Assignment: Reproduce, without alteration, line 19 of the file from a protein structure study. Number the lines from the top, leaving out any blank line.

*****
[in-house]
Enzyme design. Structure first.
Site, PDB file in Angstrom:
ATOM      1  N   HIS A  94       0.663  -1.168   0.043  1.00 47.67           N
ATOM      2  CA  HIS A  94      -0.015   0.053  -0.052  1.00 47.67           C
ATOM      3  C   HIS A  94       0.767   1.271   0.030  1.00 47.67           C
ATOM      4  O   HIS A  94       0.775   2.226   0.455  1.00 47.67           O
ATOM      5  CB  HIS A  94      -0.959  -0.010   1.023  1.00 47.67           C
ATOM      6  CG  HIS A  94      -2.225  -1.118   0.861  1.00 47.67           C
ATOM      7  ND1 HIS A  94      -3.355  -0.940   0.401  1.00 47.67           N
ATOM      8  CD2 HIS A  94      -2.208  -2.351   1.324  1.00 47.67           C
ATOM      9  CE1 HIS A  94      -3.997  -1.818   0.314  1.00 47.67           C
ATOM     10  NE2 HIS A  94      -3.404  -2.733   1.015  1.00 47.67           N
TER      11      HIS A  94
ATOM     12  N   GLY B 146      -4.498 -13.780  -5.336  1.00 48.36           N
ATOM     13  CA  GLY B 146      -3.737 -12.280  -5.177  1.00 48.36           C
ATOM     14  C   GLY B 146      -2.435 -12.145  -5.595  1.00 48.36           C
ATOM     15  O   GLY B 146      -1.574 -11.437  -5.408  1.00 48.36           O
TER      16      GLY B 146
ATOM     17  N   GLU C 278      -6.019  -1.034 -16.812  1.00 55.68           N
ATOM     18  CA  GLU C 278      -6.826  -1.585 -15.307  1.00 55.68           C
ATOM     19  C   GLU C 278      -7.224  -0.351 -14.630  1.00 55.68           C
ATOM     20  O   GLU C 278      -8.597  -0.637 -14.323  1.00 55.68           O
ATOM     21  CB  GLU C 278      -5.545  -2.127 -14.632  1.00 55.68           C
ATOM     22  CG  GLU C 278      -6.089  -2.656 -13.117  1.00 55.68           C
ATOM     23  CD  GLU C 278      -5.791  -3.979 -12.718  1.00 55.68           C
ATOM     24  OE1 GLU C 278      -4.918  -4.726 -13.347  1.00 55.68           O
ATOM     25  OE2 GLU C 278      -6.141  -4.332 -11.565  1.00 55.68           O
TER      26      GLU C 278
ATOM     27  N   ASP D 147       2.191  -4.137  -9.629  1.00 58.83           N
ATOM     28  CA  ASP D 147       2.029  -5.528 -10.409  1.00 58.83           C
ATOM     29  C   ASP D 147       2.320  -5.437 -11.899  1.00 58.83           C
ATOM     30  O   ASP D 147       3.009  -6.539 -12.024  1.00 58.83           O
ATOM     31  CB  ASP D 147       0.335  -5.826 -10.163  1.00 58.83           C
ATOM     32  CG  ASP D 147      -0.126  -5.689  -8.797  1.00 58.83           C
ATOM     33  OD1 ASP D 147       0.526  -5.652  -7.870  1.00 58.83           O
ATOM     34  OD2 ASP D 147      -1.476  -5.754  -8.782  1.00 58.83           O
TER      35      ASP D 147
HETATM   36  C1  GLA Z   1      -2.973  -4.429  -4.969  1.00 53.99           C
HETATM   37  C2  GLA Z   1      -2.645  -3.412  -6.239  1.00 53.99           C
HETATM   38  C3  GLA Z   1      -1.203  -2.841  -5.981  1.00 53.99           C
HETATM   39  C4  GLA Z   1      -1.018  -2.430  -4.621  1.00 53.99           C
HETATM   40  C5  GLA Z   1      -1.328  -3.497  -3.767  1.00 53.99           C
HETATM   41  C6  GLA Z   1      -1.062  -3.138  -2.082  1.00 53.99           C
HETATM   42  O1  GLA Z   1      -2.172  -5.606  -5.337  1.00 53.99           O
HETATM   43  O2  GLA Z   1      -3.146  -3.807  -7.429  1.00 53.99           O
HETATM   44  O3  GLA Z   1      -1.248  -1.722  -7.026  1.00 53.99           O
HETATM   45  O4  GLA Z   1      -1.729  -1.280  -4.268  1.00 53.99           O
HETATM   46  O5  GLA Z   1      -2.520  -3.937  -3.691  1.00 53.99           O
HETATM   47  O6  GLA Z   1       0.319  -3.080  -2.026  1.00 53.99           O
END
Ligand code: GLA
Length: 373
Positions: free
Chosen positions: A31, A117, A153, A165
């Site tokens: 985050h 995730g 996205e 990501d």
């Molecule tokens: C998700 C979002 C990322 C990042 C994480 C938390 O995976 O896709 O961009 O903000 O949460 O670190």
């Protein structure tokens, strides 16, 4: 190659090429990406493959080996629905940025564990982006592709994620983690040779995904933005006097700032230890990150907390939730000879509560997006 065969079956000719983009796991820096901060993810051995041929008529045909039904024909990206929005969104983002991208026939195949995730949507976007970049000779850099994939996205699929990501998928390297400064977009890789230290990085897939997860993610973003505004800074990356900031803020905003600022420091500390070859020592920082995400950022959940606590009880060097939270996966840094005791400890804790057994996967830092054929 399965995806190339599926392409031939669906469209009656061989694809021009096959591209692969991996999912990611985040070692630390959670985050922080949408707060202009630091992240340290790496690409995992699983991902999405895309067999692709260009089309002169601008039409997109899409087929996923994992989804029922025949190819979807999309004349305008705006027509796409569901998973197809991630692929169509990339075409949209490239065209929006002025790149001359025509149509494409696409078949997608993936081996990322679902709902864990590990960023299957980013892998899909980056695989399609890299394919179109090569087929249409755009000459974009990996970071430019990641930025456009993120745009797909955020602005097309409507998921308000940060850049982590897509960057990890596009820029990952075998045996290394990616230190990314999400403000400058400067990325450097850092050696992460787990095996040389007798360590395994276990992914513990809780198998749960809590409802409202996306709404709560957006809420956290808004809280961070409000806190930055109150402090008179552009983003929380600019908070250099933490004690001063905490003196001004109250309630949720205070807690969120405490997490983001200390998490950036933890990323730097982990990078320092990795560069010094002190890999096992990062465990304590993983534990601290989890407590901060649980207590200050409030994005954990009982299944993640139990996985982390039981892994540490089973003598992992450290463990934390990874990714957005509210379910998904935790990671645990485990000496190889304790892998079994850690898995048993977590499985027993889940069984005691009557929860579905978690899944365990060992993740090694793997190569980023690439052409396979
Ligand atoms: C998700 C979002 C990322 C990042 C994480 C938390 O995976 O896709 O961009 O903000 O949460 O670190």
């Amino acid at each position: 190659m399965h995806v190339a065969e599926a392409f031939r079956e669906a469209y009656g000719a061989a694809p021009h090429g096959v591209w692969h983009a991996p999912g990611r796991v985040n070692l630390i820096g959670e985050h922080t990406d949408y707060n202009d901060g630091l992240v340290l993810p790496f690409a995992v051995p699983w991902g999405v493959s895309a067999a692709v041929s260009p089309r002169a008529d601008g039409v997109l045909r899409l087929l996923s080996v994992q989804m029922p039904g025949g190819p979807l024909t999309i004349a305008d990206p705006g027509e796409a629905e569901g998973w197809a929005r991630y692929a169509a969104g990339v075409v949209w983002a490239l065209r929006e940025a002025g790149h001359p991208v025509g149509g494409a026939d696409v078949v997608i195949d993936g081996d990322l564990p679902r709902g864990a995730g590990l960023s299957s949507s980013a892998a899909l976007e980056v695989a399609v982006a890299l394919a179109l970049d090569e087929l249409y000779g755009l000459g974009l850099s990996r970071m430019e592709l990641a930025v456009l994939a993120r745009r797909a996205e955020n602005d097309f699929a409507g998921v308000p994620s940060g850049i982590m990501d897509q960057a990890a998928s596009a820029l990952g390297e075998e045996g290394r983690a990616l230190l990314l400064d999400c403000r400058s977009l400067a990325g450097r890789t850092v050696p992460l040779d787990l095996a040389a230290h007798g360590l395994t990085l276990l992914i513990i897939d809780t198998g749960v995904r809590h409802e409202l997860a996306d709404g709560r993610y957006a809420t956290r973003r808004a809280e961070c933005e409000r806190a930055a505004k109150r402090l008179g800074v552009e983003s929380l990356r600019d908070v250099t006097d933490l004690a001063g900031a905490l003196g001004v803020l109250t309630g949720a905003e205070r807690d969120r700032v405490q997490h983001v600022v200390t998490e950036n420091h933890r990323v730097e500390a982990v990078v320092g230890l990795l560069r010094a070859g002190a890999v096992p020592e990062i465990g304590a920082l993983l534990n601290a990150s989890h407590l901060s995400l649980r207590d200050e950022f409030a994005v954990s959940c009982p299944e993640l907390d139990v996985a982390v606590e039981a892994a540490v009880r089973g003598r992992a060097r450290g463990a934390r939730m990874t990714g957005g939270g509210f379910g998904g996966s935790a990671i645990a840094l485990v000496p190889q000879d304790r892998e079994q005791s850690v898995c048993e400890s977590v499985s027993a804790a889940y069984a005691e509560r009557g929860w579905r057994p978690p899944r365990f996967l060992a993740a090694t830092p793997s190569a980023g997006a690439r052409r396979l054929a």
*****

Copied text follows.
TER      16      GLY B 146